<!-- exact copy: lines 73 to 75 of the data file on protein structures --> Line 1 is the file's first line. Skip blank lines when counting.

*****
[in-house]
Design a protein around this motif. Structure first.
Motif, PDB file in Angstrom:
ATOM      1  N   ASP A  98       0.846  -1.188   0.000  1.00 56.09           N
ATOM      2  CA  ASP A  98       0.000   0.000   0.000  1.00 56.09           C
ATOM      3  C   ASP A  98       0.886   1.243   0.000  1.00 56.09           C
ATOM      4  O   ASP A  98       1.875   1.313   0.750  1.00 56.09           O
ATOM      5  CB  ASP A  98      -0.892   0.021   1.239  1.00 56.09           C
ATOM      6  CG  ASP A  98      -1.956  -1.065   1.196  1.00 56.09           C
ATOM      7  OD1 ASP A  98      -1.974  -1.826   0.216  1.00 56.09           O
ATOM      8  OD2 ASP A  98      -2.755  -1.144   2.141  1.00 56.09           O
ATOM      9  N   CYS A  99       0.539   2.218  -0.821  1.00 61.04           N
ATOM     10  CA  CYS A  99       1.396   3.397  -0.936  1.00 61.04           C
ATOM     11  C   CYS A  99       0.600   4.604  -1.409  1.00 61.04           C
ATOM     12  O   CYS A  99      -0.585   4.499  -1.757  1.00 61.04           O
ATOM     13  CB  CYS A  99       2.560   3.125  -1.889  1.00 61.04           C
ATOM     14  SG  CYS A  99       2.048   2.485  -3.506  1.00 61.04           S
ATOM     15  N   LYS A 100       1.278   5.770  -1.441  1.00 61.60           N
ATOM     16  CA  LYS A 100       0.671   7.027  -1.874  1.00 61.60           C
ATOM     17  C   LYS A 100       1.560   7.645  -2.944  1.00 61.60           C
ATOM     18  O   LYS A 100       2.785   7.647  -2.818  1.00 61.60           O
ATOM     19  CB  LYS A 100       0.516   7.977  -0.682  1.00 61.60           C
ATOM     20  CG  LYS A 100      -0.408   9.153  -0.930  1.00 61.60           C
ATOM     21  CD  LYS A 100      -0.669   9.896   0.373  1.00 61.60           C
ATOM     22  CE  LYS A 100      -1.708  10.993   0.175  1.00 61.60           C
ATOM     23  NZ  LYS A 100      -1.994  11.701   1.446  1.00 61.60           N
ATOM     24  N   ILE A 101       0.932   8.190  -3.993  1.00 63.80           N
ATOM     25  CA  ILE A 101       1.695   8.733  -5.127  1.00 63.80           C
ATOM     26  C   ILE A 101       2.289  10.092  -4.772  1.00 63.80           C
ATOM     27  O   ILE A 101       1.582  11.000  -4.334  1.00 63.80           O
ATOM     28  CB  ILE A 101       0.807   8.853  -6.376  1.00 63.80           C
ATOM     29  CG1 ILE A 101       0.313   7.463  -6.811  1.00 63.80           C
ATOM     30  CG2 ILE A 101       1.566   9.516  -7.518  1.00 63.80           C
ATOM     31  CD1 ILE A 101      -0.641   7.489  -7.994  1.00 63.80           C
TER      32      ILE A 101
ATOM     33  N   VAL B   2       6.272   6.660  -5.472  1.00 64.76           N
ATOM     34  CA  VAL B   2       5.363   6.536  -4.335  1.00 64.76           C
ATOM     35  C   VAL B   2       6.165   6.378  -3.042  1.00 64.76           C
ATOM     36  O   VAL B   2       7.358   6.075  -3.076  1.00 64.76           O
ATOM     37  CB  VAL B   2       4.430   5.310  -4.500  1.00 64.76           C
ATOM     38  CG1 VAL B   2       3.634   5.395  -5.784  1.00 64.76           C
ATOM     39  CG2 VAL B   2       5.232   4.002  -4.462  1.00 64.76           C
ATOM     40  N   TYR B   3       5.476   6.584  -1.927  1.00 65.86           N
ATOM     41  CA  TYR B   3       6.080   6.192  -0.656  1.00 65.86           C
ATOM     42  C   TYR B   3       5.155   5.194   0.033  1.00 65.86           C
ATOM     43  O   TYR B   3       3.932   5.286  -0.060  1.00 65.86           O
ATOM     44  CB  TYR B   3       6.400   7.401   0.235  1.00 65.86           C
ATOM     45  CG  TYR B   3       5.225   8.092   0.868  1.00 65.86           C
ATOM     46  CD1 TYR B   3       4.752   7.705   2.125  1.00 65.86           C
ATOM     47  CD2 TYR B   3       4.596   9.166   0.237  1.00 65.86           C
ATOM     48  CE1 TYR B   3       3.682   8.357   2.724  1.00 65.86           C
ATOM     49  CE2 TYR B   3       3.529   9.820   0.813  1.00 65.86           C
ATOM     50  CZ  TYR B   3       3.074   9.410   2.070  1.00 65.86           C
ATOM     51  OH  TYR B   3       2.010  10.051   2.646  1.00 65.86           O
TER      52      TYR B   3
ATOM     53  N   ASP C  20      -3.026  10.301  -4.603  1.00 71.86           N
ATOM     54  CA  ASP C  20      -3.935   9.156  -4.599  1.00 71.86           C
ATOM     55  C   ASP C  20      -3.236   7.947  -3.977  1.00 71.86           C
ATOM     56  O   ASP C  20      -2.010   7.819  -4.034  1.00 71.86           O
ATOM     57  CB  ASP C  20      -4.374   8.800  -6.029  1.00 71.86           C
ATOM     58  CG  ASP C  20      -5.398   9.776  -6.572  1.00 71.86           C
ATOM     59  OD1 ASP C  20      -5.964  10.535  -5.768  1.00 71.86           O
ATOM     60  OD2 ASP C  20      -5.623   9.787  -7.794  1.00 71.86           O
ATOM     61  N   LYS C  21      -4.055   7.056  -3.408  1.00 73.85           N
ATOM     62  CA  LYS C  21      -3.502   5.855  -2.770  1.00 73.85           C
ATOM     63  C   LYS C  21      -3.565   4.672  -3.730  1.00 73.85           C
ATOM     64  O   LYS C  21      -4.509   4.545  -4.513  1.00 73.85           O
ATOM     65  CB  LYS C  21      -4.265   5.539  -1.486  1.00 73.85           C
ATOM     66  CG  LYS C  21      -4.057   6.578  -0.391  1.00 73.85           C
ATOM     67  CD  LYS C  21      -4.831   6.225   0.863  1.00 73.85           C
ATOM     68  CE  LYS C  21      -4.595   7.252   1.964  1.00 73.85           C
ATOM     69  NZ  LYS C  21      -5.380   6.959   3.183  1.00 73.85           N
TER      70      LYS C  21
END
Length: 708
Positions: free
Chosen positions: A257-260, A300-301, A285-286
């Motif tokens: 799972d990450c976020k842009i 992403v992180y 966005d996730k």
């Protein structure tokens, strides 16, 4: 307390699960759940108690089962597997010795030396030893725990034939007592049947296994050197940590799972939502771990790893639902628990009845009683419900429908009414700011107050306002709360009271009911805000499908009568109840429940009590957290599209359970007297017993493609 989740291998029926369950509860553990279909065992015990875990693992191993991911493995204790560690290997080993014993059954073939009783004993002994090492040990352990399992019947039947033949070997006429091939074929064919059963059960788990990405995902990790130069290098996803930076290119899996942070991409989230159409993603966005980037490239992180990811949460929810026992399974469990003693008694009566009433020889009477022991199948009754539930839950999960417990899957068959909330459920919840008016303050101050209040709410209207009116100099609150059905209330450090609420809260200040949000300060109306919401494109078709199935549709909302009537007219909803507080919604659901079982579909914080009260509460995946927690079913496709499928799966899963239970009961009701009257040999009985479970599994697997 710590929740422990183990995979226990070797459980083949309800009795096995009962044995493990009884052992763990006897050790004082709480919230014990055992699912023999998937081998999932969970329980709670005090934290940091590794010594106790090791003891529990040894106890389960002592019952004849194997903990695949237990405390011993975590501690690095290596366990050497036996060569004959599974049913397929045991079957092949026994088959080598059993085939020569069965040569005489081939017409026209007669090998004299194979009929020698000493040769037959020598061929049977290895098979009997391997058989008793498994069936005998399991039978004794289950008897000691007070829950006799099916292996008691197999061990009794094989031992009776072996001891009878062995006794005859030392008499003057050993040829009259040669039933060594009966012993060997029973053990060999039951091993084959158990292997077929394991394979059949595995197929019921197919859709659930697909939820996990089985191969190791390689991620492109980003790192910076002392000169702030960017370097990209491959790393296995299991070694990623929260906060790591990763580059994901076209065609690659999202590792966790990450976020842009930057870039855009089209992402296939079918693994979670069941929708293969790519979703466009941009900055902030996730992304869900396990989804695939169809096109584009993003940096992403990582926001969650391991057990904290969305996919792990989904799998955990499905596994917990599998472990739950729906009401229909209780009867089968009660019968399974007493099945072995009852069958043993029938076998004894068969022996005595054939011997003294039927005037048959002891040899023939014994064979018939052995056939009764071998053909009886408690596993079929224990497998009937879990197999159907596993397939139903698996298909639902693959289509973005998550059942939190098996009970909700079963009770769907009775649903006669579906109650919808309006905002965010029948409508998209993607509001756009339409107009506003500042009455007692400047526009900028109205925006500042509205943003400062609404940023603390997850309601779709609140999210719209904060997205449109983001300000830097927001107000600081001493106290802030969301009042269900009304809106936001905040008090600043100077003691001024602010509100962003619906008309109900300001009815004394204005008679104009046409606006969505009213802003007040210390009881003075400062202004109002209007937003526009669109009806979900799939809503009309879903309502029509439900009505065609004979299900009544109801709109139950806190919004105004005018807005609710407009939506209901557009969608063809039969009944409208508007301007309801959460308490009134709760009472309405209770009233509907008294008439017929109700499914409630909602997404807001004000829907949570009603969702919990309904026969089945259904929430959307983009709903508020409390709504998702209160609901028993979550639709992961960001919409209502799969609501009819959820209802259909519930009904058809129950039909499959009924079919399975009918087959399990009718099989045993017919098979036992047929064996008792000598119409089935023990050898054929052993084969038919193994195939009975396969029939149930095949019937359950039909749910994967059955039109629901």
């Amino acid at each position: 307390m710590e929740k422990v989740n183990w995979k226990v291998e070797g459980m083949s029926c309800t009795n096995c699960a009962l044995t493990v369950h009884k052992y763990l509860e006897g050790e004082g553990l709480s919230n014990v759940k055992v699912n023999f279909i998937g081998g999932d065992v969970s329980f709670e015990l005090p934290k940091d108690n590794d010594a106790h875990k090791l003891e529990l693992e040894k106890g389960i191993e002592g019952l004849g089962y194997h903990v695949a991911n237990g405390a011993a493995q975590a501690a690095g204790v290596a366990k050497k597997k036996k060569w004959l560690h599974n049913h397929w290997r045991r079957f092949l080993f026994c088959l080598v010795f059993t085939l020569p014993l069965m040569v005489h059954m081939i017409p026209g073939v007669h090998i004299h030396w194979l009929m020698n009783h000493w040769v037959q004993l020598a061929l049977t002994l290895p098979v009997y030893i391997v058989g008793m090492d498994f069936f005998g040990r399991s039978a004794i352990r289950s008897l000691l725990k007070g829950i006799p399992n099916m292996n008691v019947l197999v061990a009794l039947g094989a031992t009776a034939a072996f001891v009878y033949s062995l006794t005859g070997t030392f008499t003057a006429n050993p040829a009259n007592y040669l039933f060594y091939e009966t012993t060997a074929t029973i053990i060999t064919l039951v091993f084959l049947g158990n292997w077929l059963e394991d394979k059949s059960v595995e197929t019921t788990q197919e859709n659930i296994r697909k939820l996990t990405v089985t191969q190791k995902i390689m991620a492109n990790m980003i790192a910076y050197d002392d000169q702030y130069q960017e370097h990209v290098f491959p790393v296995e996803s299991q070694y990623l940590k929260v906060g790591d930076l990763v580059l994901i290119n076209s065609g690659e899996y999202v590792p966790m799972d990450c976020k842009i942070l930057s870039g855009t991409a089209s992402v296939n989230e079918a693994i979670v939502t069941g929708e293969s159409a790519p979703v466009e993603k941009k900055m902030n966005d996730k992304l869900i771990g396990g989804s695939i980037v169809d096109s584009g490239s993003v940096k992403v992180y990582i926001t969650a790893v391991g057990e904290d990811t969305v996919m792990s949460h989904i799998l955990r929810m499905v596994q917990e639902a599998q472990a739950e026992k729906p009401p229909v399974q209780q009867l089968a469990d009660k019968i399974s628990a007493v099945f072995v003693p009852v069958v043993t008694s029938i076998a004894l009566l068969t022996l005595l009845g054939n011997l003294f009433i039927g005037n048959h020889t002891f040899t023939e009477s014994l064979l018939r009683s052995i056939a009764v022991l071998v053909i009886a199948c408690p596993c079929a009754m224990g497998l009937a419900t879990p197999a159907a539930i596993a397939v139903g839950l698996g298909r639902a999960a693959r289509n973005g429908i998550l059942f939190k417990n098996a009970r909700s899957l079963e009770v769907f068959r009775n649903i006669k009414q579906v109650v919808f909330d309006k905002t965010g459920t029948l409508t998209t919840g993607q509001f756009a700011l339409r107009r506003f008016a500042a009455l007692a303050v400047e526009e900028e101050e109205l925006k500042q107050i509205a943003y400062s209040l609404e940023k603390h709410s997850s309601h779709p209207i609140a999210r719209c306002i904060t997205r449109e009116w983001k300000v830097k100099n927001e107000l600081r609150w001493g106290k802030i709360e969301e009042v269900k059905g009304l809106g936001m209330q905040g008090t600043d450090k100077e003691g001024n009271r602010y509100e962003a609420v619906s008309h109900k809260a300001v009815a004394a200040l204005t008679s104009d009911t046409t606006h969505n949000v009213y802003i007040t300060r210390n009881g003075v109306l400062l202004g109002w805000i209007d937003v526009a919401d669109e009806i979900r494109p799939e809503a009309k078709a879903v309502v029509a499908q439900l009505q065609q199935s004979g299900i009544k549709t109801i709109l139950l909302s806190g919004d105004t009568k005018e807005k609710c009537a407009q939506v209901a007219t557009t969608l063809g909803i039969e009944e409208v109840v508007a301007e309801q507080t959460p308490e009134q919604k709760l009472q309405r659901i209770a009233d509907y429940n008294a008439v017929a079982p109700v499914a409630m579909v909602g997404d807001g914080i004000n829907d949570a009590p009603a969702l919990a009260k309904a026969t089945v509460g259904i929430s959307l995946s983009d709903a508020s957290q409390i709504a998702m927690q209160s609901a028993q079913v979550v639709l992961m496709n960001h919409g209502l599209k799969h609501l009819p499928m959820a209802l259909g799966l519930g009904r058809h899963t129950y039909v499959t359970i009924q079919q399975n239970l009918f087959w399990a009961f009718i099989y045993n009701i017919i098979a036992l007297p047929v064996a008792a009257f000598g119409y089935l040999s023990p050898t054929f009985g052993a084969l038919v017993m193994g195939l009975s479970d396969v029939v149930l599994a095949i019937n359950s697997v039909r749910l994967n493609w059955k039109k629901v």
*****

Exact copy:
TER      70      LYS C  21
END
Length: 708